This work has little to do with Edwards, at least not directly, but much to do with his argument that “true religion, in great part, consists in holy affections.” It also has to do with Edwards’ interest in the sentimental fiction of his age (especially that of Samuel Richardson), and his legacy in the writings of American sentimentalists (Harriet Beecher Stowe and Susan Warner, in particular)—though these literary connections are my own.
The author, son of Notre Dame medievalist John Van Engen, is an alumnus of Calvin College working at Washington University. Sympathetic Puritans began as a dissertation in English literature at Northwestern University.
Van Engen seeks to revise the still prevalent assumption that the Puritans were cold, stern, and pessimistic people. He also wants to correct the regnant view among scholars that Western sentimentalism and sentimental literature are best traced back to opposition to the Puritans by Latitudinarians and moral sense philosophers who held a higher view of the native human capacity for sympathy with others (because they held a lower view of native depravity).
Making use of Puritan sermons, poems, journals, and major treatises, Van Engen demonstrates that “a Calvinist theology of sympathy shaped the politics, religion, and literature of seventeenth-century New England” (p. 2), and that sympathetic Calvinism played a major role in the development of Anglophone sentimentalism. Along the way, he crafts a fine interpretation of the Puritans’ understanding of the affections, which framed the way that many came to view fellow feeling, or sympathy with others, especially those whose hearts seemed to be tuned to the symphony of the Lord.
“The history of modern sympathy,” Van Engen summarizes, “extends beyond Latitudinarianism and moral sense philosophy to the Calvinist theology of fellow feeling emerging out of early modern England. From the moment Puritans first set themselves apart and called for greater reform in the Church of England, they turned to sympathy as a Christian duty and a sign of salvation. Required of all, it was reserved for some, and in coming years, the display of a tender heart melting for the misery of certain others could mark one as godly—as a member of the communion of saints. This is the discourse that Latitudinarians subtly changed as they began to preach a universal ethics shorn of election and human depravity. Yet in changing sympathy, they still used it as a mark of identity: what it identified, however, was no longer godliness, but goodness—no longer the grace of salvation but the refinement of civilization. Thus, while the eighteenth-century sympathetic, tender-hearted man of sensibility may have been familiar only with Latitudinarian preaching and the treatises of moral sense philosophers, his ancestry went back much further. This gentleman—quick to his tears and always ready with a compassionate sigh—descended from a people concerned with predestination and the communion of saints; his presence included a past of sympathetic Puritans” (p. 220).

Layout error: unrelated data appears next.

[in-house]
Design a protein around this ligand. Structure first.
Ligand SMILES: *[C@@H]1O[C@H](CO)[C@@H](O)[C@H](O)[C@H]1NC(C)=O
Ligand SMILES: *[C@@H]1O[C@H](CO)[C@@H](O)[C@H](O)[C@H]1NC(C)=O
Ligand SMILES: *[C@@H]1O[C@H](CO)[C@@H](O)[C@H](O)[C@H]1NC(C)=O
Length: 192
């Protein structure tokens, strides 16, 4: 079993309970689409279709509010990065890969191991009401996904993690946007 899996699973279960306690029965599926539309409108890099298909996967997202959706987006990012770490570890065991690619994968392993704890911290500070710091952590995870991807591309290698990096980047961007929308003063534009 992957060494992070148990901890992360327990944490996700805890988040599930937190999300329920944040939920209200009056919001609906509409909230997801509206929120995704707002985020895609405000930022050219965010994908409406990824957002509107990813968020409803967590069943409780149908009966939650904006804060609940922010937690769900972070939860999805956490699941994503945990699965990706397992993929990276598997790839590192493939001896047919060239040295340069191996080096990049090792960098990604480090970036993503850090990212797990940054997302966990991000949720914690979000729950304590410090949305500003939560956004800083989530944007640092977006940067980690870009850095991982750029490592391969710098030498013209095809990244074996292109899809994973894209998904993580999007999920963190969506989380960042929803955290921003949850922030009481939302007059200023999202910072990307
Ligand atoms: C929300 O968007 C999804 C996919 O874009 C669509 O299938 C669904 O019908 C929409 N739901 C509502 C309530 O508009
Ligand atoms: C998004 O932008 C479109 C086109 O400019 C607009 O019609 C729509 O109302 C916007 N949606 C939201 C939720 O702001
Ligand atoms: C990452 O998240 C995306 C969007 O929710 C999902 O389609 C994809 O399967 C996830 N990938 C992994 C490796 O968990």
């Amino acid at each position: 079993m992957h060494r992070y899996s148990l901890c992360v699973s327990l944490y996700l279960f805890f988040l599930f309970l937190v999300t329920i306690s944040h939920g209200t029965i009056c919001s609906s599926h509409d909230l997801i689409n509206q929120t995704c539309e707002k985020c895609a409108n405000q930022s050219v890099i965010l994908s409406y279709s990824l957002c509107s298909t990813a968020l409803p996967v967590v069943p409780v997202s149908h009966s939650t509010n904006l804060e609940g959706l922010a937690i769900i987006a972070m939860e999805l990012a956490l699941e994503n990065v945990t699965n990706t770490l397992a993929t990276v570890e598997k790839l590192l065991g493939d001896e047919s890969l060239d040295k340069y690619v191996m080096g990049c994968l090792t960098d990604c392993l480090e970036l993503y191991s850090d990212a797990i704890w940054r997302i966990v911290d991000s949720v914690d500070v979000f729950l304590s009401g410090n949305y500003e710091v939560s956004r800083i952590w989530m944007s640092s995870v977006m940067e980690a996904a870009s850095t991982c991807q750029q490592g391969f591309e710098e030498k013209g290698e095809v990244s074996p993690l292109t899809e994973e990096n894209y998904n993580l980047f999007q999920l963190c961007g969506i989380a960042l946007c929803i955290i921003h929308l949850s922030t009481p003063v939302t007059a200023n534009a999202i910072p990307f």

There are merely three references to Edwards in this monograph, whose argument would gain greater traction if it featured some examples of sentimentalists from eighteenth-century England and/or nineteenth-century America whose attitude was shaped self-consciously by Puritans. (Edwards could help here as a literary conduit.) Its importance for our understanding of Edwards and his world will need to be worked out by specialists for many years to come.
This is a beautifully written book that deserves a wide, “sympathetic” readership.